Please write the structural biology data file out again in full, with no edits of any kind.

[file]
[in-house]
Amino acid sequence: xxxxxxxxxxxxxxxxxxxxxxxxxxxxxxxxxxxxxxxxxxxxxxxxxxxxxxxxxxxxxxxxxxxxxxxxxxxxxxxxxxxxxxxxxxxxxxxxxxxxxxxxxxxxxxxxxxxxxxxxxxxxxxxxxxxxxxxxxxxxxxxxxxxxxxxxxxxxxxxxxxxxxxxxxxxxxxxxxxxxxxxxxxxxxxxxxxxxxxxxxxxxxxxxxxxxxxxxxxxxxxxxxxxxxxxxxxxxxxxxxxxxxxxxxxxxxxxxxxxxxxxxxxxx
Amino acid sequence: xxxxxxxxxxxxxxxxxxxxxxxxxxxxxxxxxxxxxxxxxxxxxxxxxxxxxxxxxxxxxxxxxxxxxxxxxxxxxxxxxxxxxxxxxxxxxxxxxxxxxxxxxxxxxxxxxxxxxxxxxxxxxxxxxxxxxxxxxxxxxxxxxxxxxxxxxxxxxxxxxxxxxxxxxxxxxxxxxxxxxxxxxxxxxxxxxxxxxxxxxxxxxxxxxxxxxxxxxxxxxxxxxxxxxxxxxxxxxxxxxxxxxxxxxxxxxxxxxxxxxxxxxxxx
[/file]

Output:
[in-house]
Amino acid sequence: xxxxxxxxxxxxxxxxxxxxxxxxxxxxxxxxxxxxxxxxxxxxxxxxxxxxxxxxxxxxxxxxxxxxxxxxxxxxxxxxxxxxxxxxxxxxxxxxxxxxxxxxxxxxxxxxxxxxxxxxxxxxxxxxxxxxxxxxxxxxxxxxxxxxxxxxxxxxxxxxxxxxxxxxxxxxxxxxxxxxxxxxxxxxxxxxxxxxxxxxxxxxxxxxxxxxxxxxxxxxxxxxxxxxxxxxxxxxxxxxxxxxxxxxxxxxxxxxxxxxxxxxxxxx
Amino acid sequence: xxxxxxxxxxxxxxxxxxxxxxxxxxxxxxxxxxxxxxxxxxxxxxxxxxxxxxxxxxxxxxxxxxxxxxxxxxxxxxxxxxxxxxxxxxxxxxxxxxxxxxxxxxxxxxxxxxxxxxxxxxxxxxxxxxxxxxxxxxxxxxxxxxxxxxxxxxxxxxxxxxxxxxxxxxxxxxxxxxxxxxxxxxxxxxxxxxxxxxxxxxxxxxxxxxxxxxxxxxxxxxxxxxxxxxxxxxxxxxxxxxxxxxxxxxxxxxxxxxxxxxxxxxxx